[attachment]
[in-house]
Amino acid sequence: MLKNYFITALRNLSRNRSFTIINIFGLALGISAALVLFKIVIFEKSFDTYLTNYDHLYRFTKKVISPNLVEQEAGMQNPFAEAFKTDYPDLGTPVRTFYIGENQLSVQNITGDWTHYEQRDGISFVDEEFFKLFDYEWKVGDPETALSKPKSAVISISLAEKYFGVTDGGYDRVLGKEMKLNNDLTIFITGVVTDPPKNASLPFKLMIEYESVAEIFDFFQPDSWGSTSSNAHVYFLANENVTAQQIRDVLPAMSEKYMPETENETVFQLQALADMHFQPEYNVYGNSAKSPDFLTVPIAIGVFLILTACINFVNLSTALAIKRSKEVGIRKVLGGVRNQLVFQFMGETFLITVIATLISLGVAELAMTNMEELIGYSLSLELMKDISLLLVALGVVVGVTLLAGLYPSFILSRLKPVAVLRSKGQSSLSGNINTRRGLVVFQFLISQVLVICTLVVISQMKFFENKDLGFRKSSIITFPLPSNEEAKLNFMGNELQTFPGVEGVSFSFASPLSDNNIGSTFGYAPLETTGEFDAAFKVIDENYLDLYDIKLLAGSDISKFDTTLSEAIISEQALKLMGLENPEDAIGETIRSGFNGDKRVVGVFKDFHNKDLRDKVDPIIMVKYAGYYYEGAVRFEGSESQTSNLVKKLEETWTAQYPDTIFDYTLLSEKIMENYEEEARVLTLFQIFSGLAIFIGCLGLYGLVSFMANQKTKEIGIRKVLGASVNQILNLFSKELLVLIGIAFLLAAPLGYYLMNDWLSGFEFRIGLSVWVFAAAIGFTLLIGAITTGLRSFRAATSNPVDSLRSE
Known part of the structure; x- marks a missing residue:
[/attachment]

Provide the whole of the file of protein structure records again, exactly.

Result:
[in-house]
Amino acid sequence: MLKNYFITALRNLSRNRSFTIINIFGLALGISAALVLFKIVIFEKSFDTYLTNYDHLYRFTKKVISPNLVEQEAGMQNPFAEAFKTDYPDLGTPVRTFYIGENQLSVQNITGDWTHYEQRDGISFVDEEFFKLFDYEWKVGDPETALSKPKSAVISISLAEKYFGVTDGGYDRVLGKEMKLNNDLTIFITGVVTDPPKNASLPFKLMIEYESVAEIFDFFQPDSWGSTSSNAHVYFLANENVTAQQIRDVLPAMSEKYMPETENETVFQLQALADMHFQPEYNVYGNSAKSPDFLTVPIAIGVFLILTACINFVNLSTALAIKRSKEVGIRKVLGGVRNQLVFQFMGETFLITVIATLISLGVAELAMTNMEELIGYSLSLELMKDISLLLVALGVVVGVTLLAGLYPSFILSRLKPVAVLRSKGQSSLSGNINTRRGLVVFQFLISQVLVICTLVVISQMKFFENKDLGFRKSSIITFPLPSNEEAKLNFMGNELQTFPGVEGVSFSFASPLSDNNIGSTFGYAPLETTGEFDAAFKVIDENYLDLYDIKLLAGSDISKFDTTLSEAIISEQALKLMGLENPEDAIGETIRSGFNGDKRVVGVFKDFHNKDLRDKVDPIIMVKYAGYYYEGAVRFEGSESQTSNLVKKLEETWTAQYPDTIFDYTLLSEKIMENYEEEARVLTLFQIFSGLAIFIGCLGLYGLVSFMANQKTKEIGIRKVLGASVNQILNLFSKELLVLIGIAFLLAAPLGYYLMNDWLSGFEFRIGLSVWVFAAAIGFTLLIGAITTGLRSFRAATSNPVDSLRSE
Known part of the structure; x- marks a missing residue: